Nike Forward Is A New Material Made Differently, Sustainably - Forbes

The debut sweatshirt of Nike Forward, a new layered material that took five years to create.
Nike believes the new Forward material will do for its apparel line what Flyknit did a decade ago for footwear. And they believe creating an all-new fabric material also offers a sustainably minded approach to the future of product.
Nike Forward material isn't a knit. Or a weave. It doesn't even use yarn. Instead, the manufacturing process creates fibers from recycled plastic flakes and attaches them together using needle-punching machines mostly found in the automotive and medical industry. From there they can connect these multiple thin layers using the needle-punching process, crafting a garment's layers how they choose.
"Nike Forward feels different because it is different," says Carmen Zolman, vice-president innovation apparel design at Nike. "It is not a traditional knit or woven, but a completely new material that drastically reduces its carbon footprint."
Nike says its new Forward material offers a sustainable way of making fabric.
Launching Sept. 8 in a grey sweatshirt, the debut Nike Forward product also uses no embellishments (zippers, aglets or extra trims) or dyes to highlight what Nike calls an ability to offer a 75% reduction in carbon footprint during the manufacturing process compared to a traditional fleece, mainly because Nike Forward eliminates multiple steps and focuses on turning fiber directly to textile through needle-punch.
Calling it the biggest breakthrough the brand has had in apparel since Dri-Fit, Nike plans to turn Nike Forward into a platform used across the entire brand, much the same way Flyknit started in 2012 with two shoes and now runs across the company's entire footwear line.
"We believe this platform has the potential to reset the way we think about material and apparel," says Aaron Heiser, vice-president global apparel product merchandising for Nike.
The Nike Forward material offers a singular feel for the brand.
The big change for Nike Forward comes in the needle-punch process. Taking machines from outside the apparel space, Nike Forward's patented method of creation overlaps thin layers of fibers and mechanically entangles them to create a new material. The debut products have five composite layers, but Nike can choose to change the makeup of the material layers for new performance properties.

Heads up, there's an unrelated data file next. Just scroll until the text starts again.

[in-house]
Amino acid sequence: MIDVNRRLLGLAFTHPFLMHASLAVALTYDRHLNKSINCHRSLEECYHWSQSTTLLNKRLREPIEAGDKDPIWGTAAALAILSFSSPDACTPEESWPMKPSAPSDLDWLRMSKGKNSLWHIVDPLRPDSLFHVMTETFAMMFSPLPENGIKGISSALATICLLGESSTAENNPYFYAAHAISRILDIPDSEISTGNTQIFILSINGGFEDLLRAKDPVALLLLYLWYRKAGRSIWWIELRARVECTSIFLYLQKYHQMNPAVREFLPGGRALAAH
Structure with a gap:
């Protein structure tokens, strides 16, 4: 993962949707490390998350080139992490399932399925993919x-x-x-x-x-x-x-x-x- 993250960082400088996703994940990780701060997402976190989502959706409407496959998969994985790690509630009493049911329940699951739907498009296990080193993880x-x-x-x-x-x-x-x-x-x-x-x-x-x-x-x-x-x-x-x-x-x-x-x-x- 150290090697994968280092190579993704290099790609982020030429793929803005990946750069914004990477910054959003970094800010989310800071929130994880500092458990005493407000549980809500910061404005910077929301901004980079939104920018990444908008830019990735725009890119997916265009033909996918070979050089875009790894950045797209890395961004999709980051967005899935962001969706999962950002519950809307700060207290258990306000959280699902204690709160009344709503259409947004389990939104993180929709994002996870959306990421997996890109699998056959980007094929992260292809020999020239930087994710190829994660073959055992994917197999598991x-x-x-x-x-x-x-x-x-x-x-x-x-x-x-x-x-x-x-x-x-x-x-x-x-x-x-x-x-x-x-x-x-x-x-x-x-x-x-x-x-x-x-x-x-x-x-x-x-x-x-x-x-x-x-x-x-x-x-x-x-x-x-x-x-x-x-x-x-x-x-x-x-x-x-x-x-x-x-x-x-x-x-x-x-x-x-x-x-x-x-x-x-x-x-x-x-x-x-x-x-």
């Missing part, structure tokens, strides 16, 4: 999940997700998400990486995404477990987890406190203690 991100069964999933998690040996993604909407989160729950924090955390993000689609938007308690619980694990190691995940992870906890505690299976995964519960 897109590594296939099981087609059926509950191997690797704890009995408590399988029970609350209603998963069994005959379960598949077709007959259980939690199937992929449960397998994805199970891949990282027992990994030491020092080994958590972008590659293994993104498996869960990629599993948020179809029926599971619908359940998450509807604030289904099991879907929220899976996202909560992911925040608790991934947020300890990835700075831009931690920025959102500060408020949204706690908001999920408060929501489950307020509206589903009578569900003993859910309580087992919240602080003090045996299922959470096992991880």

The first generation of product focuses on lightweight softness with a warmth meeting Nike's Therma-FIT ADV performance standards because of the product's warmth-to-weight ratio. The brand says it comes in the construction, as the material density necessary to achieve the desired warmth is much lower than that of the brand's traditional fleece.
Nike Forward's launch products are at least 70% recycled content by weight, using the same recycled polyester featured throughout the brand, largely created from recycled plastic bottles. Nike hopes to expand the types of recycled materials, including using manufacturing waste.
The five-year process to develop Nike Forward included a focus on sustainability. The completely raw feel of the debut product highlights the recycled content and improved carbon savings. Using no dyes or water in the finishing process added to the environmental benefits and the style highlights the ability to make product without trims.
Nike Forward will look and feel unique, including with the expectation of piling. Likening it to a favorite pair of jeans or a heavy-weight sweatshirt, Forward breaks in through use and Nike suggests less washing as part of the care of the brand's new material.

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